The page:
Take Two®

News and culture through the lens of Southern California. Hosted by A Martínez

State of Affairs: California bills, new LAPD commissioners and more

by Take Two®

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Los Angeles County Sheriff Lee Baca talks about the Department of Homeland Security's Secure Communities program during a news conference at Immigration and Customs Enforcement headquarters Oct. 6, 2010 in Washington, D.C. Chip Somodevilla/Getty Images

Time for State of Affairs, our look at politics and government throughout California. To help us with that we're joined in studio now by KPCC political reporters Alice Walton and Frank Stoltze.

The legislative session is wrapping up in Sacramento, which means we're seeing a flurry of a bills. Everything from increasing the minimum wage to driver's licenses for undocumented Californians.  

The Legislature also approved a compromise plan yesterday to deal with California's prison overcrowding. What's the compromise?

The L.A. County Sheriff's Department was back in the news this week. The federal government opened a civil investigation into the department because of allegations of abuse against inmates. What does this mean for the department and for the reelection campaign of Sheriff Lee Baca?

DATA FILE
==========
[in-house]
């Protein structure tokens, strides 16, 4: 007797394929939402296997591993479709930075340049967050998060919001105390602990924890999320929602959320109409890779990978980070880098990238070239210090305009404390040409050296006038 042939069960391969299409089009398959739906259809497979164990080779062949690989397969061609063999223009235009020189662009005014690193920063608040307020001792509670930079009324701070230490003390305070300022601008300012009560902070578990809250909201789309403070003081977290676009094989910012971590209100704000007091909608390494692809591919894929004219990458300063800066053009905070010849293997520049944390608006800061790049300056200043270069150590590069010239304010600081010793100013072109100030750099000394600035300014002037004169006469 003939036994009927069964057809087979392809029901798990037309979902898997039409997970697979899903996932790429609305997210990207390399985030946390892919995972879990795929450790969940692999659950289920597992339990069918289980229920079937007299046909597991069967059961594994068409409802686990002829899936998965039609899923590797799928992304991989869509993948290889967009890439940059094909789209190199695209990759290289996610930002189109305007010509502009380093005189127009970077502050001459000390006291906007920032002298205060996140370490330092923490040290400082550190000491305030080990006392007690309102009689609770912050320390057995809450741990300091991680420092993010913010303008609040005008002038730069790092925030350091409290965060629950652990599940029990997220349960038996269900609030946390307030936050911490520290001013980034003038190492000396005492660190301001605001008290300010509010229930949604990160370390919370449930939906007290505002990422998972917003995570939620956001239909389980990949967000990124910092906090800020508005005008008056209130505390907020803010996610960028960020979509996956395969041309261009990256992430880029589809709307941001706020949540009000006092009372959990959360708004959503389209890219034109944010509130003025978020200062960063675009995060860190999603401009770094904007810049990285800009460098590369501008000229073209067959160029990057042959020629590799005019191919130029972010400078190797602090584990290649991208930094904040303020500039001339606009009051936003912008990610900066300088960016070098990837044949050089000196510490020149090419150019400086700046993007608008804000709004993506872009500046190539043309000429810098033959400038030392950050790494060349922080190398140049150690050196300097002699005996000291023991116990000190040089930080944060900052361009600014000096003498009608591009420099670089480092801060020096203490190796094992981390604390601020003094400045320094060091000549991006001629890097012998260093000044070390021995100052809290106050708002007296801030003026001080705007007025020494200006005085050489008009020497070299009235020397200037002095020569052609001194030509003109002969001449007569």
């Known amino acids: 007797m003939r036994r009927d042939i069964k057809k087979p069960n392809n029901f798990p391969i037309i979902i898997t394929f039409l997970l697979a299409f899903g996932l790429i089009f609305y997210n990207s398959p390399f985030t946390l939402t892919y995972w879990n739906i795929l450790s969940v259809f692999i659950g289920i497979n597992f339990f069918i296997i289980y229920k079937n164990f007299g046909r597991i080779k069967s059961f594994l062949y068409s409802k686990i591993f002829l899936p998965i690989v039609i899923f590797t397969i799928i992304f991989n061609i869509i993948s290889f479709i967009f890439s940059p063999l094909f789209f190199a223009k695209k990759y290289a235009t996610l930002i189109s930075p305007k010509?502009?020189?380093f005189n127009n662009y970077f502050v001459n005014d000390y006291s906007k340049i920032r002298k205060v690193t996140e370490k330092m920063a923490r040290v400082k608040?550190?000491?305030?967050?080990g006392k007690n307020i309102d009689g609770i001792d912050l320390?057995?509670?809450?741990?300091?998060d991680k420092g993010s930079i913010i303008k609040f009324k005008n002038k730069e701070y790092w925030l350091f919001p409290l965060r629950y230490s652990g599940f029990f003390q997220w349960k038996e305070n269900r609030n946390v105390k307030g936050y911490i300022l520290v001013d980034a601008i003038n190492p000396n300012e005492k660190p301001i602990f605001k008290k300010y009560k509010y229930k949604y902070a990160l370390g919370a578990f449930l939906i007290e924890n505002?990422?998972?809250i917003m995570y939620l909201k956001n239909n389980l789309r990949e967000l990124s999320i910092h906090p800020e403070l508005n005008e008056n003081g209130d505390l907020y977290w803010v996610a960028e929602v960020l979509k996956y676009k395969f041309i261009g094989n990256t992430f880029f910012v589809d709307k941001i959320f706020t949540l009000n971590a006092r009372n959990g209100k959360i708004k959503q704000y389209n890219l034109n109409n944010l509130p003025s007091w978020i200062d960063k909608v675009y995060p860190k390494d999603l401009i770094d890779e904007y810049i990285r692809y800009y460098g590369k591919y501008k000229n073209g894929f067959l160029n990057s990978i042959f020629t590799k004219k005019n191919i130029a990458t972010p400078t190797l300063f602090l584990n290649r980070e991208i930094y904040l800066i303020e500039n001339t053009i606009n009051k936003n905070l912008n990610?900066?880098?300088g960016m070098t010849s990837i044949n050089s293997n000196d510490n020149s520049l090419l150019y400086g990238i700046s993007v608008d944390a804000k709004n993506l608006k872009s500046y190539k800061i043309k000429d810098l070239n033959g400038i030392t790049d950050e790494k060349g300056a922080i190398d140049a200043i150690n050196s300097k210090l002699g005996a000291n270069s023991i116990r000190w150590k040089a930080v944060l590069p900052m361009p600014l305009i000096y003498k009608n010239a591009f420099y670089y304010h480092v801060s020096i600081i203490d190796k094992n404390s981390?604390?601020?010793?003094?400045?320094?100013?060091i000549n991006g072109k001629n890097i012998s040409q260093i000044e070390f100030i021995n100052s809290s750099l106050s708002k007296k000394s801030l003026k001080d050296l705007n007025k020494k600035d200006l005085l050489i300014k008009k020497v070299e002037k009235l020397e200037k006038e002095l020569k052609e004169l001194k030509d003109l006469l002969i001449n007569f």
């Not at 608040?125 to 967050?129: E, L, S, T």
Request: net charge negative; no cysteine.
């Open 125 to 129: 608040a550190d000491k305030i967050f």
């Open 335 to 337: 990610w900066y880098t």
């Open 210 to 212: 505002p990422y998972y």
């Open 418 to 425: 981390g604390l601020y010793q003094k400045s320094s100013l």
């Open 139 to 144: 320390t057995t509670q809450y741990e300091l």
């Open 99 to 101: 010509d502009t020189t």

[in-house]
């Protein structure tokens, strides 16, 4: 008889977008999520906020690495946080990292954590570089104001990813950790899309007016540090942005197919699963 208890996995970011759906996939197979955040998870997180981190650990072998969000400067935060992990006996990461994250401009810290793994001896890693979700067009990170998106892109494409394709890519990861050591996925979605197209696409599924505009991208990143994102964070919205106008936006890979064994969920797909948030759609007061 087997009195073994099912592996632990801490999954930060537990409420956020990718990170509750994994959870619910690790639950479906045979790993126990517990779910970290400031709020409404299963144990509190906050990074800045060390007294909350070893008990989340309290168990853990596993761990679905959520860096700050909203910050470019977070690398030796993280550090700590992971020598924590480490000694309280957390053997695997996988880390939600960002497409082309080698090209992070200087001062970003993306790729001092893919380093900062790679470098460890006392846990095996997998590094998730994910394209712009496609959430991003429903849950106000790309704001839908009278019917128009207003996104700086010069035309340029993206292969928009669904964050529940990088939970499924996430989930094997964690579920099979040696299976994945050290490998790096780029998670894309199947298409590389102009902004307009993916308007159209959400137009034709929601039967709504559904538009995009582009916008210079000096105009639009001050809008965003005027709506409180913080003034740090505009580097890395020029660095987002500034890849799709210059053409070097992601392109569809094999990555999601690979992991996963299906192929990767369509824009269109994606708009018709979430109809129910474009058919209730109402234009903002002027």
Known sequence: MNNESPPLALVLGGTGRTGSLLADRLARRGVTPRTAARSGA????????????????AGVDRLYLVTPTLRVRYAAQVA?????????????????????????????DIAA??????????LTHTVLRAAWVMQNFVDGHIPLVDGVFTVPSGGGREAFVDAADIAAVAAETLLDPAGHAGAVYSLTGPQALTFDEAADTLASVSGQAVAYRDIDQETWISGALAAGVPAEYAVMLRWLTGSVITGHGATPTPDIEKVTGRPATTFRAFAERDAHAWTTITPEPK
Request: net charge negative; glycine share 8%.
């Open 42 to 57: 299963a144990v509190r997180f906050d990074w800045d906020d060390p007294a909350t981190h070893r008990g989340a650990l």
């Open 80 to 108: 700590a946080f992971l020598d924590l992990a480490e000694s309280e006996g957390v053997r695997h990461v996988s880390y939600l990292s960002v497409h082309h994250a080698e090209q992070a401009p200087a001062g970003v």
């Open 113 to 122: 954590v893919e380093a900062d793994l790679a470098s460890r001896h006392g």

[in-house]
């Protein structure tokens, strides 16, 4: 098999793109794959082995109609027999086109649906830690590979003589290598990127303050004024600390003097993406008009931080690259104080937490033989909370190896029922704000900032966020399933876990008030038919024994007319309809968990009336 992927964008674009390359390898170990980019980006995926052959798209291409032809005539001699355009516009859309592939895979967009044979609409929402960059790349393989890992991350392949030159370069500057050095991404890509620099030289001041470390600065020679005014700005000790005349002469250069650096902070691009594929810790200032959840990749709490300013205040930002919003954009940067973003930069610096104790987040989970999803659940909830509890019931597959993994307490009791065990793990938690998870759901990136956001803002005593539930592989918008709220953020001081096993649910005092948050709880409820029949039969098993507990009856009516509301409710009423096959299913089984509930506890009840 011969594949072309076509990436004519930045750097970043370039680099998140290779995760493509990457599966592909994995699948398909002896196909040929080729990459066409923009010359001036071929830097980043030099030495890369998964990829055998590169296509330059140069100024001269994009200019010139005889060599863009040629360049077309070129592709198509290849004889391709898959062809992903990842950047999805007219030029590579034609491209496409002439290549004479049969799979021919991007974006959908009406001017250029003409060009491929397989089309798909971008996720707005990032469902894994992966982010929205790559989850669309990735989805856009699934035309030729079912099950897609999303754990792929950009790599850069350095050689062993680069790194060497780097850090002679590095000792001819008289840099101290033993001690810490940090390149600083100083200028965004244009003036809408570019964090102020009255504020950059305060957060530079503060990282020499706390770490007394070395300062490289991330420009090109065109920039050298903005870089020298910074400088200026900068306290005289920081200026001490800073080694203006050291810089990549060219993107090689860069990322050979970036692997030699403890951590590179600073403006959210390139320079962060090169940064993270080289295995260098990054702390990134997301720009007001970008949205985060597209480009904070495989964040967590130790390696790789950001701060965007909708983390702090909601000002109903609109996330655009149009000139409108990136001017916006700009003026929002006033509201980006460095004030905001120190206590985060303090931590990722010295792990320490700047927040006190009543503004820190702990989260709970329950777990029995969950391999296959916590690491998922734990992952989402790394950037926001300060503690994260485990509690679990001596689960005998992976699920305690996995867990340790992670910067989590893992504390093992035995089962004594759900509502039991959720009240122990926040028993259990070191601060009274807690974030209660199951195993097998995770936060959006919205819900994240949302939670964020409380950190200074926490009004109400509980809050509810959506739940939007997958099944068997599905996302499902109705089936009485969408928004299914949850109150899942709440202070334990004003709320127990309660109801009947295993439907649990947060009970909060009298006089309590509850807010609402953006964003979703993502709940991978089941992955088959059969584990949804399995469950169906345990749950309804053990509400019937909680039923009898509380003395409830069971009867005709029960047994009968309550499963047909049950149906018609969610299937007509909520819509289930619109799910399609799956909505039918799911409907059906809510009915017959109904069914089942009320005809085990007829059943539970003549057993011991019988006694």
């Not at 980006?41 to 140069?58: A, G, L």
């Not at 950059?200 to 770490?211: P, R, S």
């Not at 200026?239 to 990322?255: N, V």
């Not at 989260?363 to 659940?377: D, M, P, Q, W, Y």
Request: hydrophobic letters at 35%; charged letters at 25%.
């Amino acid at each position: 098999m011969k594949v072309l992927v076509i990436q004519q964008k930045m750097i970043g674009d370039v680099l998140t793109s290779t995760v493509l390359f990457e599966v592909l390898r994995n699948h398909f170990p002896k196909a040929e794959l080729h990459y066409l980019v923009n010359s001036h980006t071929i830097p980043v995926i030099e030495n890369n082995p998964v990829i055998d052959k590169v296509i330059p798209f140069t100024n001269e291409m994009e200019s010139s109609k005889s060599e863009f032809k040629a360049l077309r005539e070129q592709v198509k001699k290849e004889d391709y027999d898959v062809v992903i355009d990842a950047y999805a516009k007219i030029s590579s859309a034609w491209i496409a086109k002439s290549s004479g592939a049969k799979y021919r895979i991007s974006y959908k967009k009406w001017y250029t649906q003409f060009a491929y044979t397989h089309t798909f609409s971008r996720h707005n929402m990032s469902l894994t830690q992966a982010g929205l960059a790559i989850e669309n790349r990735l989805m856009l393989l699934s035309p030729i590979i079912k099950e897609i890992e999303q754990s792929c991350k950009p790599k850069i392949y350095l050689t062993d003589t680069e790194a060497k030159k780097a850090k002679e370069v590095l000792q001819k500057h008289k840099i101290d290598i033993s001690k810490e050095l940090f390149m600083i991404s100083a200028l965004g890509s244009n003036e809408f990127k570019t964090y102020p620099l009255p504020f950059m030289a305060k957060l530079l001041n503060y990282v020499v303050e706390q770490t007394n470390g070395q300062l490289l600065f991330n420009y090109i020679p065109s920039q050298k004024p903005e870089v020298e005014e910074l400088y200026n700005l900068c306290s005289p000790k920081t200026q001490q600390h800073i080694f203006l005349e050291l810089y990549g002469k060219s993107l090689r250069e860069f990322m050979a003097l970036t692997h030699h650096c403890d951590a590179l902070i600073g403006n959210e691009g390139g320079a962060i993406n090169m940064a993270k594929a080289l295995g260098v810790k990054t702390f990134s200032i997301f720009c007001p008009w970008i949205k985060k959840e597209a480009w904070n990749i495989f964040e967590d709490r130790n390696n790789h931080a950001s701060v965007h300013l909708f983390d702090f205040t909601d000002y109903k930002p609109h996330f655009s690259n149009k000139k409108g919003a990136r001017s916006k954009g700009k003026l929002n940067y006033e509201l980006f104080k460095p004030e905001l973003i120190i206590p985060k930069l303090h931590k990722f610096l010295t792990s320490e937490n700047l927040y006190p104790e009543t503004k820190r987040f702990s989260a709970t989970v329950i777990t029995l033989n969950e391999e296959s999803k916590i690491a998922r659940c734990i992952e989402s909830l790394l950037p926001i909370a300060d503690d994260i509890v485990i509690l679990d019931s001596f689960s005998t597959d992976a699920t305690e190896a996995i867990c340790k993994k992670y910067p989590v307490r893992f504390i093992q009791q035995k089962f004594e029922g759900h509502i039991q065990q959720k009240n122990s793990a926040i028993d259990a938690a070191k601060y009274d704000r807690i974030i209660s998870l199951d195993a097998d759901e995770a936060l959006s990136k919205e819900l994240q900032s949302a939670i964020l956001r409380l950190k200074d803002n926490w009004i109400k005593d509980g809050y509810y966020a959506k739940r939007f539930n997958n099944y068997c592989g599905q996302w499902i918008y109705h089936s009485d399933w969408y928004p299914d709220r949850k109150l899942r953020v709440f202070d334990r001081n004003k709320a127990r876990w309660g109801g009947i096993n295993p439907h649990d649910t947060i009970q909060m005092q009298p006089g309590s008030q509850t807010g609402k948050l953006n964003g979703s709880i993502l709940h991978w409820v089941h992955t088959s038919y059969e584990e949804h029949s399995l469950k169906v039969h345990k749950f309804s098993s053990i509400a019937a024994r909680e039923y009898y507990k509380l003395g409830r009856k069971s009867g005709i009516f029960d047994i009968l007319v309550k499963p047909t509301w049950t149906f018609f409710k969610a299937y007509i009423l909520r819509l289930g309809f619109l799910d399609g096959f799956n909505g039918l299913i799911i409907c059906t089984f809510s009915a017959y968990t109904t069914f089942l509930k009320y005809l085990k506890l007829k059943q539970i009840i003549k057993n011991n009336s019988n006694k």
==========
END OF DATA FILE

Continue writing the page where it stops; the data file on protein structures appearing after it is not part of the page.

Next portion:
The civilian panel that oversees the Los Angeles Police Department has new members and its new president, Steve Soboroff, is already making news. What did Soboroff say to get such immediate attention?

Speaking of commissioners, the panel that oversees the Department of Water and Power has four new members. They were confirmed Wednesday by the L.A. City Council but it sounds like those confirmations came without a lot of questions about rates, labor practices, and infrastructure projects.  

Alice Walton tells us what she discovered during her behind-the-scenes investigation this week at the mayor's office.

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